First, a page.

That’s so funny that you say that — I’m sitting at Derek J.’s shop right now (laughs). I knew Derek before I got on the show. Derek is the reason I’m on it — he told the producers to call me. Derek knows everybody, so does Lawrence. They’re very popular. The gay community is very, very big in Atlanta. So, it’s no big deal to go in the mall and see guys walking with high-heels that are not totally dressed in drag. Of course, you have the people who do drag, but these people are not drag. I don’t know what you call it—when you’re not shaving your beard, but you still wear high-heels.
I’ve been told it must be an Atlanta thing. I’ve met people who are gay that came to Atlanta that were surprised how open everybody is. Every girl does want the “gay boyfriend” that they can hang out with and talk crazy with and learn new tricks from. I know I like to ask questions and learn tricks.
When you had your Housewives co-stars on your radio show, Kandi Koated Nights, to talk sex, they were very bashful. I imagine your gay friends would have been more forthcoming.
The girls are trying to put on for television. That’s my honest opinion. I don’t understand how [Zolciak] can say, “You can’t believe I would say those things and talk about sex” but yet you stripped in a club before! And now you want to be pretend to be all goody-goody! It doesn’t make sense. I’m not saying everybody should want to talk about their sex life — if you don’t, that’s cool. But don’t look at me like I’m crazy when we know your history.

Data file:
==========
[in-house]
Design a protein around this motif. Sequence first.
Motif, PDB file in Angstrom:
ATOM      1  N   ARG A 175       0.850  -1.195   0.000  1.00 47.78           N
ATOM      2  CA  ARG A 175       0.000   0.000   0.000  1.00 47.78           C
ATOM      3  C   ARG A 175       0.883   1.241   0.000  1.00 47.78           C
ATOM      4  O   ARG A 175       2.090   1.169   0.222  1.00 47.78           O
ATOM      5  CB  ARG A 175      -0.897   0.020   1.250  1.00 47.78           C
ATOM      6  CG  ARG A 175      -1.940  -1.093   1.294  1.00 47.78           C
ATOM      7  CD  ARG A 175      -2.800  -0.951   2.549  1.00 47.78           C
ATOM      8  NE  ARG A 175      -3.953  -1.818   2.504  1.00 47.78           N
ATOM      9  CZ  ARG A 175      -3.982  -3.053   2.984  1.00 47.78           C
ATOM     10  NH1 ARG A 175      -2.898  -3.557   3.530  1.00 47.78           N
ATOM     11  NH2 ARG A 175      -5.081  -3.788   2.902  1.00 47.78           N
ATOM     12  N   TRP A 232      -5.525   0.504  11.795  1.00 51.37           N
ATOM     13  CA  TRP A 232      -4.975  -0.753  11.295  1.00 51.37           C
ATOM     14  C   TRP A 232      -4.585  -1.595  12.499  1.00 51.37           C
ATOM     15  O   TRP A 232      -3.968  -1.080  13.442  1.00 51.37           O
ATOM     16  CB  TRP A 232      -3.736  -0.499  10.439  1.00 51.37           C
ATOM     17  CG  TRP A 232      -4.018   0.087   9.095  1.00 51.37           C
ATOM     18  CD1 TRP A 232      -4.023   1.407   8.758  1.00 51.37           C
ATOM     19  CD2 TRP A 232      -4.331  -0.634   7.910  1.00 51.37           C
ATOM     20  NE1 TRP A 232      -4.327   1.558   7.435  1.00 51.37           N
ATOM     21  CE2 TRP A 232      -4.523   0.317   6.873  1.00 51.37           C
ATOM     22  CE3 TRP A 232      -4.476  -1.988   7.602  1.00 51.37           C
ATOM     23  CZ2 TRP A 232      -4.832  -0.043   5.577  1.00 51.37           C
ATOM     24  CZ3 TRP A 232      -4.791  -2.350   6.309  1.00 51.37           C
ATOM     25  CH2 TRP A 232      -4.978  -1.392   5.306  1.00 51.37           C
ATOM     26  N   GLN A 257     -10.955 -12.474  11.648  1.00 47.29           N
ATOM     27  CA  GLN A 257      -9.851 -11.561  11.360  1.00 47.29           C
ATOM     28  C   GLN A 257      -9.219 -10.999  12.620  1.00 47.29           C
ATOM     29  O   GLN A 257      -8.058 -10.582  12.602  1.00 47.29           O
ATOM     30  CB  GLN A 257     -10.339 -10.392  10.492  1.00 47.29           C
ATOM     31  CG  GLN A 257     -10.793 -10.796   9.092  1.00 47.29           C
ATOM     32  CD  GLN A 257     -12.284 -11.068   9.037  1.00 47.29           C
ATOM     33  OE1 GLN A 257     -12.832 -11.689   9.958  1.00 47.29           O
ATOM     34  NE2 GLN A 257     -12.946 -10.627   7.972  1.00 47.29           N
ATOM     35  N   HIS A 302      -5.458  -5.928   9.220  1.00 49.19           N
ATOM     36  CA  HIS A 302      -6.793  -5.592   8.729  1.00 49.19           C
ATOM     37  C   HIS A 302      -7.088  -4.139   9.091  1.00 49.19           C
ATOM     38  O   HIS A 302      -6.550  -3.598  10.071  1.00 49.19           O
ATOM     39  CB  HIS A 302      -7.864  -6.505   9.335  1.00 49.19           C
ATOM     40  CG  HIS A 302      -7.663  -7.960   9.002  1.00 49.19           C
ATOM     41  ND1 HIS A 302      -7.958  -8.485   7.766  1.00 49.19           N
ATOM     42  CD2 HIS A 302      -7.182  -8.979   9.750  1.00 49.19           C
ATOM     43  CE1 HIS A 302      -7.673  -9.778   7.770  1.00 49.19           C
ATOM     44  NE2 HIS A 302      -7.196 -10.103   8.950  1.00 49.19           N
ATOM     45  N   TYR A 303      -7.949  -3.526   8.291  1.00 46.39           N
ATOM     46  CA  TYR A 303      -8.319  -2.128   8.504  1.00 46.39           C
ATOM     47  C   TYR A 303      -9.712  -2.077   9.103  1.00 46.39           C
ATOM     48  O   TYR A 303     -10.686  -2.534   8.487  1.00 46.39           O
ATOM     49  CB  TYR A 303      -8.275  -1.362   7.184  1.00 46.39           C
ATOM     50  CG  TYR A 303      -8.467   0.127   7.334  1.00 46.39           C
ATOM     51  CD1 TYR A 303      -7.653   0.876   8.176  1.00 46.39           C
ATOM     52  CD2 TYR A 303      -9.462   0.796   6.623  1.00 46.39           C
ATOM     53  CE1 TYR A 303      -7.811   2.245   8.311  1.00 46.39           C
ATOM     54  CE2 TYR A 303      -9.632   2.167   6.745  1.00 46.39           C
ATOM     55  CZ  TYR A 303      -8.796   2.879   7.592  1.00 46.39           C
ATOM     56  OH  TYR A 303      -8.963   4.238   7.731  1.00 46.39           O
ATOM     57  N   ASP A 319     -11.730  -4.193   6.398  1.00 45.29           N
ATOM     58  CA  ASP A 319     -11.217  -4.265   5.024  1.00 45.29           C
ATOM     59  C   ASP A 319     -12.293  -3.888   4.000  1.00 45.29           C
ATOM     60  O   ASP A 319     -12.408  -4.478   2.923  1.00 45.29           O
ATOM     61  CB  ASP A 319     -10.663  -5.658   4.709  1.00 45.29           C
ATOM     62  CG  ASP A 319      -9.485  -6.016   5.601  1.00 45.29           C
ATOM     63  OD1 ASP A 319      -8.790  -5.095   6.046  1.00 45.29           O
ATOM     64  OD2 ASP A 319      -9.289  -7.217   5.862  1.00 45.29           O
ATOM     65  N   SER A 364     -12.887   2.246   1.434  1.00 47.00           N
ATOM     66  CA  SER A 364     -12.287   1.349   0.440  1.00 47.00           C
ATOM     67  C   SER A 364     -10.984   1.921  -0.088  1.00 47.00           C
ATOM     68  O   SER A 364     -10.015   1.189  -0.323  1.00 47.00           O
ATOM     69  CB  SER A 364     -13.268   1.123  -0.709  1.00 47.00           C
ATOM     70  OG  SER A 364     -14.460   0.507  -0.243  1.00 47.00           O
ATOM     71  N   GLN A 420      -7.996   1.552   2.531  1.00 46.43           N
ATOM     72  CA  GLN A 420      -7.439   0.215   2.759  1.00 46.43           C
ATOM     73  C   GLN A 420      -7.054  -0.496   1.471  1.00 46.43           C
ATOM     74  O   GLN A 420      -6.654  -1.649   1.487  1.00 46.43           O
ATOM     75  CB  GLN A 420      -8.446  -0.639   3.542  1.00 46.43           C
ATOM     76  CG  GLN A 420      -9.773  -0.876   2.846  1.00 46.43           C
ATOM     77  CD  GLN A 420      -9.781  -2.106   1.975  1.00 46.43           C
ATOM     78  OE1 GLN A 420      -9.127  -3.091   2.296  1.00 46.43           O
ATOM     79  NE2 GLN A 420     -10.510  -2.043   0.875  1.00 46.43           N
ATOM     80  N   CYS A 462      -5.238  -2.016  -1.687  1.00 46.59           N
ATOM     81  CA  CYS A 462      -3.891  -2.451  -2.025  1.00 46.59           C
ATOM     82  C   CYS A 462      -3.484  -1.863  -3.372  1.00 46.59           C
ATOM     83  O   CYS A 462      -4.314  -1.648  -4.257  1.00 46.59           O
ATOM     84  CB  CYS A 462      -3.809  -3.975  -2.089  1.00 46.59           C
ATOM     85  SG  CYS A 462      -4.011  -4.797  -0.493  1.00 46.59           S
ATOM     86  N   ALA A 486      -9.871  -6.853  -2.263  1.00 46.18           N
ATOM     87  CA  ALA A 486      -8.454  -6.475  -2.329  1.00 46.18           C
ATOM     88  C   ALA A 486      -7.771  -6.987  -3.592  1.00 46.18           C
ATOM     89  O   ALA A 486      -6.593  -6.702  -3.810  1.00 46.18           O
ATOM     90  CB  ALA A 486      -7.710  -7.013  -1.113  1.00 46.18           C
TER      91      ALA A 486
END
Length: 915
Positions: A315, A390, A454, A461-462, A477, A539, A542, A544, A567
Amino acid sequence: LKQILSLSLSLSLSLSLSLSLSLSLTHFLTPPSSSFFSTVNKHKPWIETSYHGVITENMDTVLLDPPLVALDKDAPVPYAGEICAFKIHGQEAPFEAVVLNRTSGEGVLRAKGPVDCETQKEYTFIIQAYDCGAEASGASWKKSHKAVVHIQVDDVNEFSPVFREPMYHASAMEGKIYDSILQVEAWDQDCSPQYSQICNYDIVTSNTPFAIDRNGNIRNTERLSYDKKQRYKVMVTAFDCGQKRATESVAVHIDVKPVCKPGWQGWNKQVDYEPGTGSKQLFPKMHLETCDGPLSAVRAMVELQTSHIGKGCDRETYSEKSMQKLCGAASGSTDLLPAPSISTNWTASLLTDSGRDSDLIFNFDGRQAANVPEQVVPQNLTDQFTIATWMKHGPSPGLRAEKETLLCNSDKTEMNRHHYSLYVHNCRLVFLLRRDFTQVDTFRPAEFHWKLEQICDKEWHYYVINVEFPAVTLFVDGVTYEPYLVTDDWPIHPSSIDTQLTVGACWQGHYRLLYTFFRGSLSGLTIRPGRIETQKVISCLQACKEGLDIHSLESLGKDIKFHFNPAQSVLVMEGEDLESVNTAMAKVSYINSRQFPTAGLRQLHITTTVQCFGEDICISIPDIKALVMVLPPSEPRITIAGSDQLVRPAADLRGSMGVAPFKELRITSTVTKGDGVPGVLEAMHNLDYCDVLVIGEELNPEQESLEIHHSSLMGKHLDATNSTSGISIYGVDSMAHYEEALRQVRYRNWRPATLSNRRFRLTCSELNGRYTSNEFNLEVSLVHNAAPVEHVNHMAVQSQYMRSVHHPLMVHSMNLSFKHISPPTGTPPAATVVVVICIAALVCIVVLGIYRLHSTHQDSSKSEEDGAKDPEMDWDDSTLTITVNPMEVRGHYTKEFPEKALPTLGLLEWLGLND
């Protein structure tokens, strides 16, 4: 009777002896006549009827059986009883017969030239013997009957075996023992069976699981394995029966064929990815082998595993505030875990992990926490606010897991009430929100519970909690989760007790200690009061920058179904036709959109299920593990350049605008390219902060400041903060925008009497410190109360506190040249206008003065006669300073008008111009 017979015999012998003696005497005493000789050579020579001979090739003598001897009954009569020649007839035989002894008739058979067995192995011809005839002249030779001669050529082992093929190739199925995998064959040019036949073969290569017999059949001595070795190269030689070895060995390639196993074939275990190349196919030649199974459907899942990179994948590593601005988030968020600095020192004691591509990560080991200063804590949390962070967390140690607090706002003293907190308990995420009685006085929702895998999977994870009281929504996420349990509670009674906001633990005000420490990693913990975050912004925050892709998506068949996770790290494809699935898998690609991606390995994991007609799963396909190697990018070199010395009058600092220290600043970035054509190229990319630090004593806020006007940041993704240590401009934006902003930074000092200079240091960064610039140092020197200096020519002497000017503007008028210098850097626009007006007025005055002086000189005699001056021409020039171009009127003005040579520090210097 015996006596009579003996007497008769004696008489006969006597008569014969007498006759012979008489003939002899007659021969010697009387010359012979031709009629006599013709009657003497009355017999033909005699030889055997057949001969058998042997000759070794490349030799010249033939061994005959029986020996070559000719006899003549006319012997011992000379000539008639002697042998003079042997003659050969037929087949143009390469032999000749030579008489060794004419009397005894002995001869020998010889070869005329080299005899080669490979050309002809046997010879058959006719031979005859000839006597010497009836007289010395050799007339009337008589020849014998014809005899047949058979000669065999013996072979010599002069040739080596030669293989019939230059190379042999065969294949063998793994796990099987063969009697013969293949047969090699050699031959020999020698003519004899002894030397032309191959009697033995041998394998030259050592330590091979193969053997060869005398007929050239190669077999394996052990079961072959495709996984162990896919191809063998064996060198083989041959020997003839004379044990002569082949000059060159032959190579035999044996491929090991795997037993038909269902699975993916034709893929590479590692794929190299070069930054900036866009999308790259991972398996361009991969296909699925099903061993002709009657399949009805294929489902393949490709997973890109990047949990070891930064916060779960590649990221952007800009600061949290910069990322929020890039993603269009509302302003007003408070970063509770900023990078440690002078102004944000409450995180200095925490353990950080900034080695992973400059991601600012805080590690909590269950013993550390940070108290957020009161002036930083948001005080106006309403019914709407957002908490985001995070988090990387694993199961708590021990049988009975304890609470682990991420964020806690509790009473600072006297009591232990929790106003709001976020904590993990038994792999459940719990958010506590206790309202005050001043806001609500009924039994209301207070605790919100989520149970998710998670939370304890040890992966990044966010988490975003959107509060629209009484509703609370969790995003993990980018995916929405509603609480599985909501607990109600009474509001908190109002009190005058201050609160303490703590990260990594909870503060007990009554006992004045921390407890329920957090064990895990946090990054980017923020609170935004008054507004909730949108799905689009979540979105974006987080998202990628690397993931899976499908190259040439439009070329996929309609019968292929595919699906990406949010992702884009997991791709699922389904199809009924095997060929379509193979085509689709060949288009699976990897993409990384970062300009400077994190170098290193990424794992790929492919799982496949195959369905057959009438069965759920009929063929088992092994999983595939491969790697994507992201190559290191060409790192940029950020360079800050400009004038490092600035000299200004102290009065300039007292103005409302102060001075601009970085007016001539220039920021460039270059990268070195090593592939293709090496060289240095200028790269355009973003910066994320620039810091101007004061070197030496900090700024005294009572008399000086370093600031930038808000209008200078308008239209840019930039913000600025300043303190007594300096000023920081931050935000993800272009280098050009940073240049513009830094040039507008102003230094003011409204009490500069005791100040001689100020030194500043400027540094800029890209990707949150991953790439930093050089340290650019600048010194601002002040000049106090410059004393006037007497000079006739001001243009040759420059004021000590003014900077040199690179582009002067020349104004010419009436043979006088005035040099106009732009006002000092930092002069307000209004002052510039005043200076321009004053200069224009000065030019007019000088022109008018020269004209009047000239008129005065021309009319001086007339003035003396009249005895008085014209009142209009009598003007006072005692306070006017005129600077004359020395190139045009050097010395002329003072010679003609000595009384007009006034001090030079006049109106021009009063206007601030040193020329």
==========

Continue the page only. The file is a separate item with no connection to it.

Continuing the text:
Your mom — a fan favorite — seems to be very cool with sex talk. Did she instill in you that sex isn't shameful?
The funny thing is my mother didn’t teach me that. As a kid, all girls go through that face where they and their mom bump heads and you start doing things you’re not supposed to be doing. My brother passed away in high school, and that brought my mother together and made us so close. So, I can talk to my mom about anything, but she’s not going to like everything I say. She can get a little judgmental at times, but she doesn’t try to knock me for talking about sex. You should have a relationship with your parents where you can state your opinion, regardless of whether they agree.
Your mother gained a lot of fans this season because she was so sweet, especially to Nene. Maybe she’ll get her own spin-off.
She should! My mother’s the youngest of 14 kids, and she grew up in a family that was very open about my uncle, who'd one day be in drag and the next, dressed as a boy. From the time I was a little kid, it was never taboo. My uncle used to bring his “friend,” and at baby showers, birthday parties, we always had strippers. So, it’s not just my mom, it’s that whole side of the family that’s very open.
As someone who’s such an integral part of the Atlanta scene, you must have encountered at least one of Tyler Perry’s ex-girlfriends.
Hmmm. I don’t know any of them. I’ve seen him out, but I don’t know him. What does that mean?! Uh-oh! You’re trying to get me in some mess.
That was a good evasive answer.